It took Cummings about 14 months to write the finished version, and he's already started writing a follow up, Stay Away from Lightning's Girl, the story of a love tryst between twin girls, one of whom attracts lightning (she's been hit six times) and the guy in the middle of them. Writing books hasn't taken over from Cummings first passion, music. Another Cummings album produced by the Church's Steve Kilbey, the pair's follow up to 1994's Falling Swinger collaboration, has been completed, but this new venture appears to have reinspired him.
I'd like to do both things because Australia's a really small country anyway, and you kind of have to do a whole lot of different things in order to make a buck," explains the self-effacing Cummings. "Plus, just to be interested. I've made a lot of records and in some ways writing's more exciting because it's a newer thing and I kind of feel like I might try and do it properly from the start this time. With music I can be more haphazard and slack."
Wonderboy is initially set in the fictional suburb of Lovetown which is also the name of Cummings' acclaimed 1989 album. Is there much crossover between songwriting and novel writing?
"I've included some sort of themes that are kind of like what I do with my songs and stuff, but it's quite different really. The records and everything are more, you know... Some of those have little stories and stuff, but they're a bit darker. The book's quite happy, a good feeling."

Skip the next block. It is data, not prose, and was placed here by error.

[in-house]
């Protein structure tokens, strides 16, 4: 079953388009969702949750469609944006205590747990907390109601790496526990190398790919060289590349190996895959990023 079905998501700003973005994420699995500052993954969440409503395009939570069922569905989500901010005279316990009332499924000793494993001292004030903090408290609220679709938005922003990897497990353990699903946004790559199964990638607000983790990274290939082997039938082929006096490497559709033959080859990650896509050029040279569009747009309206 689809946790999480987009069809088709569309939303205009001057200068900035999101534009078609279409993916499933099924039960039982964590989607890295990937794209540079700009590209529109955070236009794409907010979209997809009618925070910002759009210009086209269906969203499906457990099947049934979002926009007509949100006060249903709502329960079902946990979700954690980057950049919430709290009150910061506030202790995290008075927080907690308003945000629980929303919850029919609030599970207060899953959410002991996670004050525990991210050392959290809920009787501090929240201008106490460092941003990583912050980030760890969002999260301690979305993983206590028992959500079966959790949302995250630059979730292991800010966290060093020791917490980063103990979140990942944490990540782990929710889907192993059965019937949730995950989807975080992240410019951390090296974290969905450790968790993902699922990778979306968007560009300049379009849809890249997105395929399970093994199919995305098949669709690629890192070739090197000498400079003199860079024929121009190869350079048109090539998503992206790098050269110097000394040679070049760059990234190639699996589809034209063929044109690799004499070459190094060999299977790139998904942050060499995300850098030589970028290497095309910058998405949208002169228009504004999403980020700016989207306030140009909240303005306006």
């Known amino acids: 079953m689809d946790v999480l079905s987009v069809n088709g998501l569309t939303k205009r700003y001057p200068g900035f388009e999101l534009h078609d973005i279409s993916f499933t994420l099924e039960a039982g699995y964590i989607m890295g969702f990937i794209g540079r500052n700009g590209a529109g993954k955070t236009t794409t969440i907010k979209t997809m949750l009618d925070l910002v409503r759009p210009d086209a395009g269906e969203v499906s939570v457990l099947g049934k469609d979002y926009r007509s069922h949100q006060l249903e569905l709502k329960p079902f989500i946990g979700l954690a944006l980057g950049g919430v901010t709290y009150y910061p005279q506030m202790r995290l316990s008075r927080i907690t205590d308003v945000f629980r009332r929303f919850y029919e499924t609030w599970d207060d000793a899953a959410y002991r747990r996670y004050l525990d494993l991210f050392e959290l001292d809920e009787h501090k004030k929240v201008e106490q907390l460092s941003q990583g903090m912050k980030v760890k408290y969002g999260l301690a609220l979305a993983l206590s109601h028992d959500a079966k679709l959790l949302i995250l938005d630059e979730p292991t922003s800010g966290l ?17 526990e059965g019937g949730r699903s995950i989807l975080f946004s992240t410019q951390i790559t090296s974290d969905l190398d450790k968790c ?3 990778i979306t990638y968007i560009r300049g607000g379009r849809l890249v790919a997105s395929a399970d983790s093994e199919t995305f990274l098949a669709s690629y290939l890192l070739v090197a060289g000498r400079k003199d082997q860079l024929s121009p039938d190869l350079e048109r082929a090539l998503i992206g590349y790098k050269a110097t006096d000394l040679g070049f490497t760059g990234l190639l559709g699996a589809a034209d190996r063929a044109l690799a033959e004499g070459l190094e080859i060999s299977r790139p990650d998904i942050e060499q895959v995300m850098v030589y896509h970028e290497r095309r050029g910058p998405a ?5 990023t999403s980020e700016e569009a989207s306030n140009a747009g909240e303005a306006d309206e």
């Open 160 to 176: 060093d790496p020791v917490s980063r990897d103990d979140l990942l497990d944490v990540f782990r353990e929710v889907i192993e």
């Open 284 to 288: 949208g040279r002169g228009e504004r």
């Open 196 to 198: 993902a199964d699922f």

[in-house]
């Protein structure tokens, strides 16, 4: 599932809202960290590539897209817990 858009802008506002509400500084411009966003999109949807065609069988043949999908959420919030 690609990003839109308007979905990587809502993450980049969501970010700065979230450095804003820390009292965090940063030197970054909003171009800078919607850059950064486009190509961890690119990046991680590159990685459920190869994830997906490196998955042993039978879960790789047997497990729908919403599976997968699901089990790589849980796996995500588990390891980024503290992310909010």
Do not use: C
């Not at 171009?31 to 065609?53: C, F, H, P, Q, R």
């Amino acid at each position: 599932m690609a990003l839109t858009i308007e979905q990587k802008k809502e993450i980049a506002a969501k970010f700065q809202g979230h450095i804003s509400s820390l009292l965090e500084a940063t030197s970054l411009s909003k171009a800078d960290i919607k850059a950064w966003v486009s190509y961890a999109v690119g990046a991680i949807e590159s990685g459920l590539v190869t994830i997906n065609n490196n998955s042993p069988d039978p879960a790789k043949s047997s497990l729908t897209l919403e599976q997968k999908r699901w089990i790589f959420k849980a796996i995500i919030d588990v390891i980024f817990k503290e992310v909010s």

The major part of the novel is set in Vietnam. Cummings holidayed there four years ago and just used his own travelogue as a base. The autobiographical nature of Wonderboy is something Cummings doesn't bother to try and hide. "I was going to see a psychoanalyst for a while, for a few years, but then I couldn't afford to do it anymore, because it was too expensive," he says candidly. "So, I thought of Wonderboy as a free way of thinking about myself. For me that was the way: 'I'll get it all out now, all the things about growing up and myself and everything, and that'll be it and I won't have to think about it again'."
So, you don't mind saying that it's autobiographical? "I think everything you do is kind of like that. People are always thinking about themselves, anyway," he laughs roundly, "just think everyone is very self-centred. I'm very self-centred, but I think everyone is really, but they wouldn't admit it. Everyone sees everything with them in the star position, so it's always kind of confusing. If people say, 'I like this character or that character' I feel embarrassed about that, because I think of everyone in it as me."
"Kind of, yeah," he laughs "Not really everyone, but I kind of just think it's me me me! My mother came around the other day and she's a really big reader and she said, 'Oh, you'll have to give me a copy' and I said, 'Oh, no I haven't got one here. Wait a bit and I'll give you one!' I felt embarrassed about her reading it."
"I don't know!" he laughs.
But she must have heard your records and seen you play live before?
"No, not really. She's only seen me play maybe once or twice, and I'm sure she hasn't heard the records."
"I don't know!" Cummings muses. "If she wanted one she'd ask for one."